Following the European Union urging streaming services to reduce network traffic, Netflix and YouTube reduces streaming quality to help deal with demand caused by the coronavirus outbreak in Europe.
Recent YouTube Stories
With Sony shutting down PlayStation Vue, it's finally letting in competitors into the PlayStation 4, starting with YouTube TV.
According to Neilsen, music streaming services grew 30 percent in the U.S. last year and hit one trillion streams for the first time.
Cord-cutting services got more expensive in 2019, but despite one notable defeat, the number of services expanded dramatically.
YouTube embraces bigger thumbnails as part of latest update, introduces new queuing feature on the desktop.
Google will pay a record $170 million fine to settle allegations by the FTC that YouTube has violated the privacy of children.
As I write this, we’re about two-thirds of the way through this year’s home swap, which is taking place near Amsterdam, The Netherlands.
If you have a Tesla, you will soon be able to watch YouTube videos and Netflix shows on your car while it's stopped.
Google and Amazon finally squash their problems, introduce YouTube for Amazon Fire TV devices and Prime Video for Chromecast, Android TV.
YouTube admits its algorithms are not always perfect, and it's now putting viewers in the driver's seat, giving them more control over their homepage and recommendations.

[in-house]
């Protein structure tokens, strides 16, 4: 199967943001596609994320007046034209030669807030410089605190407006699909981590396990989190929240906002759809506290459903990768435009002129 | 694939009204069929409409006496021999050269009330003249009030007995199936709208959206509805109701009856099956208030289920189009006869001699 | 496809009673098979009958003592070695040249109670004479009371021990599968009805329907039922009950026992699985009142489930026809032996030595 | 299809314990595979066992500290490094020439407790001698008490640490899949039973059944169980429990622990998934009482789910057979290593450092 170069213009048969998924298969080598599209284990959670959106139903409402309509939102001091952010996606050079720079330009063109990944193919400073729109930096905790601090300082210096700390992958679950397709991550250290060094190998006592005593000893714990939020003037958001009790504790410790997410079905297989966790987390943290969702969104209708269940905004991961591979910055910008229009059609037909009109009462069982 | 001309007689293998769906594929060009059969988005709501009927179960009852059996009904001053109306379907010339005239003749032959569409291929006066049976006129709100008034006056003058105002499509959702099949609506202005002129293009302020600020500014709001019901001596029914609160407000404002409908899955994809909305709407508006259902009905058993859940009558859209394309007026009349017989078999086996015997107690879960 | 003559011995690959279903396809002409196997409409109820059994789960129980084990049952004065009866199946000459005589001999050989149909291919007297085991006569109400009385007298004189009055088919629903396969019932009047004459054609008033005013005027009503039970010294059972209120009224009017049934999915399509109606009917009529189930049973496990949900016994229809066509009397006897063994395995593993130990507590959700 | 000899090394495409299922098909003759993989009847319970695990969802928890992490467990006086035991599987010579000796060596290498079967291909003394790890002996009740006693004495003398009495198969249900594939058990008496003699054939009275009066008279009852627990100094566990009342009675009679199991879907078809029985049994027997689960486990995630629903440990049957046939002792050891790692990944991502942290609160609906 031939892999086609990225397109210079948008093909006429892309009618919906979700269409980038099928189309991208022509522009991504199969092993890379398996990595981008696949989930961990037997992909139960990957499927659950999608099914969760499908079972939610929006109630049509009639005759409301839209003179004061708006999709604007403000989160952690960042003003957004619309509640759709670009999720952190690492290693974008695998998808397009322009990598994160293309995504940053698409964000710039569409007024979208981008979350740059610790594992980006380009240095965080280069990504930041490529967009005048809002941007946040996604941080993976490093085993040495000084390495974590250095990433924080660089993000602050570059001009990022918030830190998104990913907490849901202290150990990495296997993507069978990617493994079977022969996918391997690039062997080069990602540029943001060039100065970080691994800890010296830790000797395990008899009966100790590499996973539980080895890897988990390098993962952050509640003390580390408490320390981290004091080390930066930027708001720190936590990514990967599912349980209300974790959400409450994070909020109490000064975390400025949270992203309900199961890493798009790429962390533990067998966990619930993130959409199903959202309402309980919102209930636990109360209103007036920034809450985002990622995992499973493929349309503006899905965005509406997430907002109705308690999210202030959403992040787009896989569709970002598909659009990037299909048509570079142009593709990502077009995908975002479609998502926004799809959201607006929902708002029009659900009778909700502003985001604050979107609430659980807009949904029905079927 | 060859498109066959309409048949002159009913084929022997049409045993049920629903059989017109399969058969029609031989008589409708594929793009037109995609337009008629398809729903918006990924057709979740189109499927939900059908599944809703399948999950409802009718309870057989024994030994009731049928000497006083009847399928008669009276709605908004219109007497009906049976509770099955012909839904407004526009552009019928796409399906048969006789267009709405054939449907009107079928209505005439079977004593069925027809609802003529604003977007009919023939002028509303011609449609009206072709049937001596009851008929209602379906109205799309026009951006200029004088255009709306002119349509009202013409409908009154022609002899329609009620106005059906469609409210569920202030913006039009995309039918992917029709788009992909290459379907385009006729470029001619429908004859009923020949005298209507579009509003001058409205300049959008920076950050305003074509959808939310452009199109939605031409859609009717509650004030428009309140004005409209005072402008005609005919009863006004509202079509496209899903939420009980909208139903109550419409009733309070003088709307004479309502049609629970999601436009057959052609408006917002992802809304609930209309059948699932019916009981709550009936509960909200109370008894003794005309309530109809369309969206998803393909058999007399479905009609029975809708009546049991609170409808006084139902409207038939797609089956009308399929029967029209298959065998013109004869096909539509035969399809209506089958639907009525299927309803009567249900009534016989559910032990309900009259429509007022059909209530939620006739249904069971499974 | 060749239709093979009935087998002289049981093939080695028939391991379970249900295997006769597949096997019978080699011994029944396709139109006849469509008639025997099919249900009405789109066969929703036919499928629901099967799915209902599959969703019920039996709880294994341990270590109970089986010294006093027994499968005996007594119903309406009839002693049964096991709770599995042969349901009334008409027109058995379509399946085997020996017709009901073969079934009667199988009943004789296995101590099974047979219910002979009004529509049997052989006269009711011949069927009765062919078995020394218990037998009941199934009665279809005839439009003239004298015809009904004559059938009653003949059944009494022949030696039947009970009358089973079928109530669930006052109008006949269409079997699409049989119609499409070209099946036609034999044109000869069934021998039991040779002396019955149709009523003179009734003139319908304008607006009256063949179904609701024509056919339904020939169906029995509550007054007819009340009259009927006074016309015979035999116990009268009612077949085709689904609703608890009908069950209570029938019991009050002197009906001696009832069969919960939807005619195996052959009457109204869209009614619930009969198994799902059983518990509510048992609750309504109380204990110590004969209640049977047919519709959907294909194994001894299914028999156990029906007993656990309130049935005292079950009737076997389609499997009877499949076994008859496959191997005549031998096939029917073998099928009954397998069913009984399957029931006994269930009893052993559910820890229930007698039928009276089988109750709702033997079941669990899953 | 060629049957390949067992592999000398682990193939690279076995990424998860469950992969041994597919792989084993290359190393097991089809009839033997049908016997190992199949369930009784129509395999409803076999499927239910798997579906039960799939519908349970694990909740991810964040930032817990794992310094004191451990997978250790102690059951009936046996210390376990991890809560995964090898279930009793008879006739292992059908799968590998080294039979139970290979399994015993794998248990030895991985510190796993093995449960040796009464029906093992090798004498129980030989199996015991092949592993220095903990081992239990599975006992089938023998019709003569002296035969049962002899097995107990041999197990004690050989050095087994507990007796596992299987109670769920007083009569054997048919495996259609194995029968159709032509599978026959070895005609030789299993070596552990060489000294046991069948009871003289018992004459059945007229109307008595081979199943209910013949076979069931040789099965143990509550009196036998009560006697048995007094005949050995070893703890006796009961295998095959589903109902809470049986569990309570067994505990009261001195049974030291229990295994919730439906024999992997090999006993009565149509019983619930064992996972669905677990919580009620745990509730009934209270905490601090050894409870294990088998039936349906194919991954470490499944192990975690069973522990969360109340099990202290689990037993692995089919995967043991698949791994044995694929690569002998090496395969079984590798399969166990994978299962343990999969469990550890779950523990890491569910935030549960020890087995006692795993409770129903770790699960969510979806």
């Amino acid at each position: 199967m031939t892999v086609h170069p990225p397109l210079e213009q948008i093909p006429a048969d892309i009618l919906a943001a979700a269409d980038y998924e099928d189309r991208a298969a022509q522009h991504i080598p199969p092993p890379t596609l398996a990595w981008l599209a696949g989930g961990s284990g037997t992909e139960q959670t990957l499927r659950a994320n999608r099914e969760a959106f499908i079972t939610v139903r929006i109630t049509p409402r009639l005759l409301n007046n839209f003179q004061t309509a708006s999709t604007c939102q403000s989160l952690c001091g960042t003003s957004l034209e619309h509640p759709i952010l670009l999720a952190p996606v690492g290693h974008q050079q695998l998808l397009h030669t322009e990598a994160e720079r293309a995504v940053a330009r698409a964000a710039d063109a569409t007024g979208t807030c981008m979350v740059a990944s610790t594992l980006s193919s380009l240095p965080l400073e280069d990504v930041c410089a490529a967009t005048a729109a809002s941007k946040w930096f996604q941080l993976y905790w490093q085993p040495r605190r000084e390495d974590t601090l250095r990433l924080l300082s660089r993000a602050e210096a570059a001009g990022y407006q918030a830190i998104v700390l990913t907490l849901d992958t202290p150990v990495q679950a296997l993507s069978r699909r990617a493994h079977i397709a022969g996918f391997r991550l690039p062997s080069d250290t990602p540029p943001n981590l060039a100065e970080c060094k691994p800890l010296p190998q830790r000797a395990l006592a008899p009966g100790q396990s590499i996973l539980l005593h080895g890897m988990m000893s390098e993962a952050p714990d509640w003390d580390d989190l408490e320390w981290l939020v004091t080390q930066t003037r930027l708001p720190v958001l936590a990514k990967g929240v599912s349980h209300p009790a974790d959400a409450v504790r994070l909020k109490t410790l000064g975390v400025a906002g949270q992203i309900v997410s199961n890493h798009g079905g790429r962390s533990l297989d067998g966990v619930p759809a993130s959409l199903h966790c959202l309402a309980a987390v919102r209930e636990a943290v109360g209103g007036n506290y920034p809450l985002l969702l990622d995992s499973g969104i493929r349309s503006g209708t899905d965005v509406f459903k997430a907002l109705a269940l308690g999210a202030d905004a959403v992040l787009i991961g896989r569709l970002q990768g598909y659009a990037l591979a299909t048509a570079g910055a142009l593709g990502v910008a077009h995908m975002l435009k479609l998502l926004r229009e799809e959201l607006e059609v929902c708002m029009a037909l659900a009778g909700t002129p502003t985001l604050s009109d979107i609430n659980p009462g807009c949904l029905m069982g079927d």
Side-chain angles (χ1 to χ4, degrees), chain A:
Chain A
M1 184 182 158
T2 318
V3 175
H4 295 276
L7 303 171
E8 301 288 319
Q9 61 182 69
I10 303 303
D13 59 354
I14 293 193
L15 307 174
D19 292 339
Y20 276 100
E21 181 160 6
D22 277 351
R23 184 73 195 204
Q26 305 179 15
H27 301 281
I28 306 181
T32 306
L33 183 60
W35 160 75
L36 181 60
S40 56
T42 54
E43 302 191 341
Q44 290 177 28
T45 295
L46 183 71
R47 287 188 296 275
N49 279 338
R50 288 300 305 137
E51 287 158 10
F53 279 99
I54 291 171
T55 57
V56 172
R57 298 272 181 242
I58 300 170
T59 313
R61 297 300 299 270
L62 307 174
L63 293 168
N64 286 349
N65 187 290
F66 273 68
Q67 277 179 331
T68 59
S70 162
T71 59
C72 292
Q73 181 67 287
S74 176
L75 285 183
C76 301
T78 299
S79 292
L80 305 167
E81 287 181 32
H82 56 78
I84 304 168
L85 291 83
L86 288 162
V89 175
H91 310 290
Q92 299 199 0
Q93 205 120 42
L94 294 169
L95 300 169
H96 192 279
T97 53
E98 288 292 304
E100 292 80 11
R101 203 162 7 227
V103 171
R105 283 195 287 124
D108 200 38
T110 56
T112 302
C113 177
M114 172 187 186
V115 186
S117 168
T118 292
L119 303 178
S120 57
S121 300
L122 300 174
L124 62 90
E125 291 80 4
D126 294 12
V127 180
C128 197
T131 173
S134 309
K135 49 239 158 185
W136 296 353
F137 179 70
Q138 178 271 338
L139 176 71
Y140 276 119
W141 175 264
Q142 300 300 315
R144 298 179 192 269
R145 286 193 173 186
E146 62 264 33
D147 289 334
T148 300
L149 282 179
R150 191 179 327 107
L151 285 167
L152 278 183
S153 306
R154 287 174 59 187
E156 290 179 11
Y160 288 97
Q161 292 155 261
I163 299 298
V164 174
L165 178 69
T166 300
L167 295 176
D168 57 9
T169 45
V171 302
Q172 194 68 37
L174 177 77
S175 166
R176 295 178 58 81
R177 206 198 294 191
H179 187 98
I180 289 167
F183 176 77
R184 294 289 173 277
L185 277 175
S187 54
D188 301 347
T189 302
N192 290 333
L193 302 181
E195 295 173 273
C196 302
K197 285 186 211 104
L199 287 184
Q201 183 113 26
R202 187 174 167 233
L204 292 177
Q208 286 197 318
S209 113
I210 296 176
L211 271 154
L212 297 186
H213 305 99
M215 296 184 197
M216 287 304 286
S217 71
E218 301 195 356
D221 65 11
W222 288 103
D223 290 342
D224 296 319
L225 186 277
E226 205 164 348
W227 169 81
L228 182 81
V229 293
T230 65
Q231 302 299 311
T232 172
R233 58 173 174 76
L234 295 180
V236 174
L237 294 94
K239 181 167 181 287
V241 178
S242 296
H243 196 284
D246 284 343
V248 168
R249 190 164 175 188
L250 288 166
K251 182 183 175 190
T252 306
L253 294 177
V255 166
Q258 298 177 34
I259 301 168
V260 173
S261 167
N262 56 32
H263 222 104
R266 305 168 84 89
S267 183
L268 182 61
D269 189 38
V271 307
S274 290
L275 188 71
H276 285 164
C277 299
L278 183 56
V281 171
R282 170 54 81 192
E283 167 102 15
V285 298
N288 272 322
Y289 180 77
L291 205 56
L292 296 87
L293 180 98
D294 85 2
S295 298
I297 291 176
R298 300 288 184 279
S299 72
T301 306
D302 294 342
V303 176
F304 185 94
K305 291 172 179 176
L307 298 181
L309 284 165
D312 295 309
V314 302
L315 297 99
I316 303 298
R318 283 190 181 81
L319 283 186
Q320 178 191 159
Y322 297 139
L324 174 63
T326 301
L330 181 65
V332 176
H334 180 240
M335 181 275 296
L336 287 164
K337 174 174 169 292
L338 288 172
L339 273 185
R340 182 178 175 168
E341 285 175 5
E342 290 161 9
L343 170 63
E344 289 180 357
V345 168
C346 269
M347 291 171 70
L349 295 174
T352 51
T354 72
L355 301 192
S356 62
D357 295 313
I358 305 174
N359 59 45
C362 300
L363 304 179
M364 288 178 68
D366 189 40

After forcing Microsoft Edge Preview users to download Chrome for the new YouTube experience, Google addresses the problem, claiming it was just a bug.
Hell has frozen over: Google’s popular YouTube service is coming back to Amazon Fire TV in the coming months.
Mobile app users in the United States spent over $1.3 billion in 2018 on video-on-demand services like Netflix and Hulu.
When it comes to paid and free online services, I’m usually looking for cross-device and -platform availability, with as little lock-in as possible.
Xfinity customers can now access their cross-service purchased movie content from their cable TV interface.
YouTube has created a formal collection of Hollywood movies for free viewing, supported by ads.